Lebanese soldiers have deployed along the border with Israel, after almost all the remaining Israeli soldiers withdrew on Sunday.
The Lebanese soldiers have been warmly welcomed
The deployment comes six weeks after the UN-brokered ceasefire that ended fighting between Israel and Hezbollah.
The soldiers are taking up positions in south Lebanon the army has not held in four decades.
Israel sent thousands of troops into southern Lebanon after Hezbollah abducted two of its soldiers in July.
Women in the village of Marwaheen welcomed the Lebanese soldiers by throwing rice and rose petals at them as they arrived.
Marwaheen was heavily damaged in the fighting.
In a small ceremony near the border, Lebanese army commander Brig Gen Michel Suleiman promised to reassert Beirut's control of the area by stopping arms smuggling and cross-border attacks from either side.
He urged his soldiers to take tough action against Israel too, if needed. "I call on you to confront any Israeli aggression and violations," he said.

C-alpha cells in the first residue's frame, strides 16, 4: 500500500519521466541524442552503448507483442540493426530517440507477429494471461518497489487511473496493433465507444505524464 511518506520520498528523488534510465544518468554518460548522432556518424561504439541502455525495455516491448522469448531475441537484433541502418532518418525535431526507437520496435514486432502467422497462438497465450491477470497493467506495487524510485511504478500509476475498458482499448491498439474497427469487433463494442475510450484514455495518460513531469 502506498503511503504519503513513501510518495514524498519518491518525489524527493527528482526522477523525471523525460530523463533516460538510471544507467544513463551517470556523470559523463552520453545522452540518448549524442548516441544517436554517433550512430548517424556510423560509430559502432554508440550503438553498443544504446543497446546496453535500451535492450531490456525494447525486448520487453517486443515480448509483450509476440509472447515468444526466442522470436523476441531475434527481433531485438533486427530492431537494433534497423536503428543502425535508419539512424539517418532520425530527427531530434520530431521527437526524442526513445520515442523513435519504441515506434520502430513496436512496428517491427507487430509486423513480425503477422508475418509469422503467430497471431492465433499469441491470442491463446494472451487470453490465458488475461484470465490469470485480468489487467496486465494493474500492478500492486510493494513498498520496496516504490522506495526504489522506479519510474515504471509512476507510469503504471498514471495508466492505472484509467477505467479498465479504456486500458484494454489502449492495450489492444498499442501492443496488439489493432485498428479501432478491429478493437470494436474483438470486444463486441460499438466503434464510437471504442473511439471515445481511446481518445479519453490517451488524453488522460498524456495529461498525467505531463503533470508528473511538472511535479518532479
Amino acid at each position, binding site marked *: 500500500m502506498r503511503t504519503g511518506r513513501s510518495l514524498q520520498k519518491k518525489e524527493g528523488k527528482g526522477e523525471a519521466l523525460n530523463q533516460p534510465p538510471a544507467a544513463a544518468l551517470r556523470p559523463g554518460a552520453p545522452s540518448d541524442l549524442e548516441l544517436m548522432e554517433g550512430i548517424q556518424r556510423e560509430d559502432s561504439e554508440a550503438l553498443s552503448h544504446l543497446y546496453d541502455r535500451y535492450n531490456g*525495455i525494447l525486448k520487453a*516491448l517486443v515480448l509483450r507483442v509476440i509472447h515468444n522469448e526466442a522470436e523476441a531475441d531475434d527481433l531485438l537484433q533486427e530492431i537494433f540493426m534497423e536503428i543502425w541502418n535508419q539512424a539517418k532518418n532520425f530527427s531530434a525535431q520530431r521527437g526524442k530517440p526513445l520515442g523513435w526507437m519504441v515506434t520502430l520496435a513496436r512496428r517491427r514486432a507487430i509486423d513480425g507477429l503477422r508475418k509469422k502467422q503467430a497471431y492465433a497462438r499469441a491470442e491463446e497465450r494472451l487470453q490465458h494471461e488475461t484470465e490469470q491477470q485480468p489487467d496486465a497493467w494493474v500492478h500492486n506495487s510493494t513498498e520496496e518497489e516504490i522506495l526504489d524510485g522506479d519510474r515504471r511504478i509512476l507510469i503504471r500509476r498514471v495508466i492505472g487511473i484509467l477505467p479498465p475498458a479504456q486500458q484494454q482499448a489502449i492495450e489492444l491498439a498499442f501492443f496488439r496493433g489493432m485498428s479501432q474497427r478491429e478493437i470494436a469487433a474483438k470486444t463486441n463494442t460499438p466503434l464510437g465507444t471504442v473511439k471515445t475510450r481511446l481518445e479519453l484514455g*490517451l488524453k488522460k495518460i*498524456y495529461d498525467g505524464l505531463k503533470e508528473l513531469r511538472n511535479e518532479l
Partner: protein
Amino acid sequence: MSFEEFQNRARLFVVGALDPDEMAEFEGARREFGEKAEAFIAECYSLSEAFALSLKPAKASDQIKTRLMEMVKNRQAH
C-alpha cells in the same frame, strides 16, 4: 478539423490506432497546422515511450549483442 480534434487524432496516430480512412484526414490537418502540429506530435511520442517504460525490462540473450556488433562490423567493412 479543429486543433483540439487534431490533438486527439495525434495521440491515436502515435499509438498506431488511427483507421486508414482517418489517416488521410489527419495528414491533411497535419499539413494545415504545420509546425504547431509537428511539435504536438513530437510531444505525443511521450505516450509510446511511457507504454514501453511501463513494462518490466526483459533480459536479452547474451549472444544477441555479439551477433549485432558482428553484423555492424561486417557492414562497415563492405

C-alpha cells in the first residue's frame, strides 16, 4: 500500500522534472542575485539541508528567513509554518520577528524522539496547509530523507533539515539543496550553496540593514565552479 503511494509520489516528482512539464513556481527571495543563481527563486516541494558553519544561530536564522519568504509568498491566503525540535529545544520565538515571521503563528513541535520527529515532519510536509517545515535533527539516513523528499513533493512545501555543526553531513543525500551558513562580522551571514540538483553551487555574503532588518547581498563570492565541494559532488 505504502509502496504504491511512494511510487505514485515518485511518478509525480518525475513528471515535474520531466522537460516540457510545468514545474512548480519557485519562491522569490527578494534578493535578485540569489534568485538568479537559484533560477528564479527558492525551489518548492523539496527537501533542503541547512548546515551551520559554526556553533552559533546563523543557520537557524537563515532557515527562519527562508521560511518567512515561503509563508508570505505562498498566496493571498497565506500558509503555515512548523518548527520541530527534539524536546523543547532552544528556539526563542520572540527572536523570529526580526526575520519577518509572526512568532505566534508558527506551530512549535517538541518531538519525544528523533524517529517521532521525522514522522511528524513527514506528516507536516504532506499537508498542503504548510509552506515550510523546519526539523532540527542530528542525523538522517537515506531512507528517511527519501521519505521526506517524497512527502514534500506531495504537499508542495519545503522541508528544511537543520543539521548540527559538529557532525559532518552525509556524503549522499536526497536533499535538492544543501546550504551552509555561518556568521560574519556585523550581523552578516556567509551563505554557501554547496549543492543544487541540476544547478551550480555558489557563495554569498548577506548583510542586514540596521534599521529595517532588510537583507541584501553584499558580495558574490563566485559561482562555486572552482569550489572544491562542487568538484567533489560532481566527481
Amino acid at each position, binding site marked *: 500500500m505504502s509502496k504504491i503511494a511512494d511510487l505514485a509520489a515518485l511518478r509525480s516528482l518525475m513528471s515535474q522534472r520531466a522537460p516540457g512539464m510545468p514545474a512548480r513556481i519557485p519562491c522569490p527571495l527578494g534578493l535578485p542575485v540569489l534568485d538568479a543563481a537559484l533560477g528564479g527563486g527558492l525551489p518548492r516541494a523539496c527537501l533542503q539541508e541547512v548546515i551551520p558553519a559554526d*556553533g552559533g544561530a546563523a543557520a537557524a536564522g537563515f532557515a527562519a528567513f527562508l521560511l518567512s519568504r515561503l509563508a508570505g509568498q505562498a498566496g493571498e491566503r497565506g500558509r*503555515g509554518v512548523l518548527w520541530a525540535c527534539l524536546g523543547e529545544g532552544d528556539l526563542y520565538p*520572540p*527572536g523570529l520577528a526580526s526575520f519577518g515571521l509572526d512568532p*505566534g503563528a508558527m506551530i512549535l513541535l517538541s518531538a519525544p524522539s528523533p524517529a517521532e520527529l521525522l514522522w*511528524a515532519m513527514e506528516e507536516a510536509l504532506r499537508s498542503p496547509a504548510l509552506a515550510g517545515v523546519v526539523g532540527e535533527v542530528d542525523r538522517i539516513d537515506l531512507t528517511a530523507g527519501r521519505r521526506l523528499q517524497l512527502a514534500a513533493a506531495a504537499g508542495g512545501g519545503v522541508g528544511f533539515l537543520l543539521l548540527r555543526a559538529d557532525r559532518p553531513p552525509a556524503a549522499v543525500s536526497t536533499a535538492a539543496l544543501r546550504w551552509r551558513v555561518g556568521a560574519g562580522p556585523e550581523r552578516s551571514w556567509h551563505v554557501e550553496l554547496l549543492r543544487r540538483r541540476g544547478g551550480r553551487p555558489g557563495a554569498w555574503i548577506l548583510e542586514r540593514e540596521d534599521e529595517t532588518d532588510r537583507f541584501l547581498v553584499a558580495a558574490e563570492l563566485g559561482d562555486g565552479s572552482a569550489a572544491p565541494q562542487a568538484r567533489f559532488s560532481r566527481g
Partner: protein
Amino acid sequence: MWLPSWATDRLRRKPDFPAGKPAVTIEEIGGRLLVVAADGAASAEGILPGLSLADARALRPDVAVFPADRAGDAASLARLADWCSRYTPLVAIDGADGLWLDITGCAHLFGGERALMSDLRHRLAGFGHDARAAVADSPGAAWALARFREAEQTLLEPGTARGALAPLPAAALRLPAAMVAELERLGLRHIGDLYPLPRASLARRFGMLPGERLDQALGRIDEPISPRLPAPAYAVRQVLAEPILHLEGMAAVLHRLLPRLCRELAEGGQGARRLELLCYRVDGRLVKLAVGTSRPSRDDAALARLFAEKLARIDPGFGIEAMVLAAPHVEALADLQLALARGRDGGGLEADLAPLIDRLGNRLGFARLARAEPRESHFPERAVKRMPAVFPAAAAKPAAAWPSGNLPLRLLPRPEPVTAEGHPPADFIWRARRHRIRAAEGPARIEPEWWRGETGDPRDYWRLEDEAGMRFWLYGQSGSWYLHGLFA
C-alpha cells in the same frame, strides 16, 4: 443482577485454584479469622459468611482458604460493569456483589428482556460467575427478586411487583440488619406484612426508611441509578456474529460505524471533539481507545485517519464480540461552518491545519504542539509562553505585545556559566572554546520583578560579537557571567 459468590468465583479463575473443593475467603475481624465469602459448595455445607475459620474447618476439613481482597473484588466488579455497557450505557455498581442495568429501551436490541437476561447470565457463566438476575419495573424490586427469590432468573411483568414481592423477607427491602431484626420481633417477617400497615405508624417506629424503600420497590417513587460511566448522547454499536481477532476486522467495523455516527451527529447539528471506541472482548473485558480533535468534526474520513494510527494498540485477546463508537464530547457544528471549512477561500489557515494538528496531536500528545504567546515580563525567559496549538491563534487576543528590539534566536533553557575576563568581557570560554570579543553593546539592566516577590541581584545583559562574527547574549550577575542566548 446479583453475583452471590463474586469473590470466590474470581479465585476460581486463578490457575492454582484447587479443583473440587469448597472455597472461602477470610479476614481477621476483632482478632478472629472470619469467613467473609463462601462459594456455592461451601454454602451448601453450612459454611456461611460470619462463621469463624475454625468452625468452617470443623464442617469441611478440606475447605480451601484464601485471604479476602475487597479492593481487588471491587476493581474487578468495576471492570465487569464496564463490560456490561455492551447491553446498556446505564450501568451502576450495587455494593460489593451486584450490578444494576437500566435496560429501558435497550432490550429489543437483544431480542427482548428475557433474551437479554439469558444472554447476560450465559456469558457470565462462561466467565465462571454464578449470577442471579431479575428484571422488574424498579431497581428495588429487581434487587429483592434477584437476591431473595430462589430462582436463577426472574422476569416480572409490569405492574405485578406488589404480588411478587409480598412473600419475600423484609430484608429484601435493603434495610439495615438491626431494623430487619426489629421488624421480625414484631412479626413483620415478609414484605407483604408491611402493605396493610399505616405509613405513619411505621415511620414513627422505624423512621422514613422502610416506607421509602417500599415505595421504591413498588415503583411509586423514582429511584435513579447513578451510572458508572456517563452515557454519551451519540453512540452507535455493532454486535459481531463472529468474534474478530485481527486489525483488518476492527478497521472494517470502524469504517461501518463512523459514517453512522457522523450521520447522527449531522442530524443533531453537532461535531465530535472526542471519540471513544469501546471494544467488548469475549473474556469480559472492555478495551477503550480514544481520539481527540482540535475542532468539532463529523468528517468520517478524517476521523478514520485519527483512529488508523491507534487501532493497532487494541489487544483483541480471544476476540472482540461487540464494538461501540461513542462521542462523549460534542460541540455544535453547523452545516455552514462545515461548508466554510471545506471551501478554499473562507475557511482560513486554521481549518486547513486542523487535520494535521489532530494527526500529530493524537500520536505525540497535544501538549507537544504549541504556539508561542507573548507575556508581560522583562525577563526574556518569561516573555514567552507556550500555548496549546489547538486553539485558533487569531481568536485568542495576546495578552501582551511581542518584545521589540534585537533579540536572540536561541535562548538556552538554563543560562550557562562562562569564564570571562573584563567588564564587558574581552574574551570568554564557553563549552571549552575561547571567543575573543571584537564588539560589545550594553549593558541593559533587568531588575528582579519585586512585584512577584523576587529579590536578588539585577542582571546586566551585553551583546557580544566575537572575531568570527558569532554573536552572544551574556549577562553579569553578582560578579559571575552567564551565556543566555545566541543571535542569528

Since the late 1960s, south Lebanon has been controlled by various armed groups, including Hezbollah.
The UN ceasefire resolution called on Hezbollah to end attacks against Israel and on Israelis to withdraw.
Resolution 1701 called for the deployment of 15,000 UN peacekeepers, alongside the same number of Lebanese troops, in south Lebanon.
Some 5,000 UN forces are now in place, together with the 15,000 Lebanese soldiers.
Israel has withdrawn the bulk of its troops from Lebanon, fulfilling a key condition of the UN ceasefire that ended its war with Hezbollah.
But a few Israeli troops remain in the Lebanese side of the divided village of Ghajar.
Lebanese troops have not been in south Lebanon for decades
The UN said it expects the Israeli army to leave Ghajar this week.
The resolution also calls for the disarming of Hezbollah - which the militant group has resisted.
Hezbollah is still holding two Israeli soldiers whose abduction sparked off the conflict.
The UN has appointed a mediator to try to win the captured soldiers' freedom, most likely through a prisoner swap with Israel.
More than 1,100 people - mostly civilians - were killed in Lebanon during the war. More than 150 Israelis - mainly soldiers - were killed.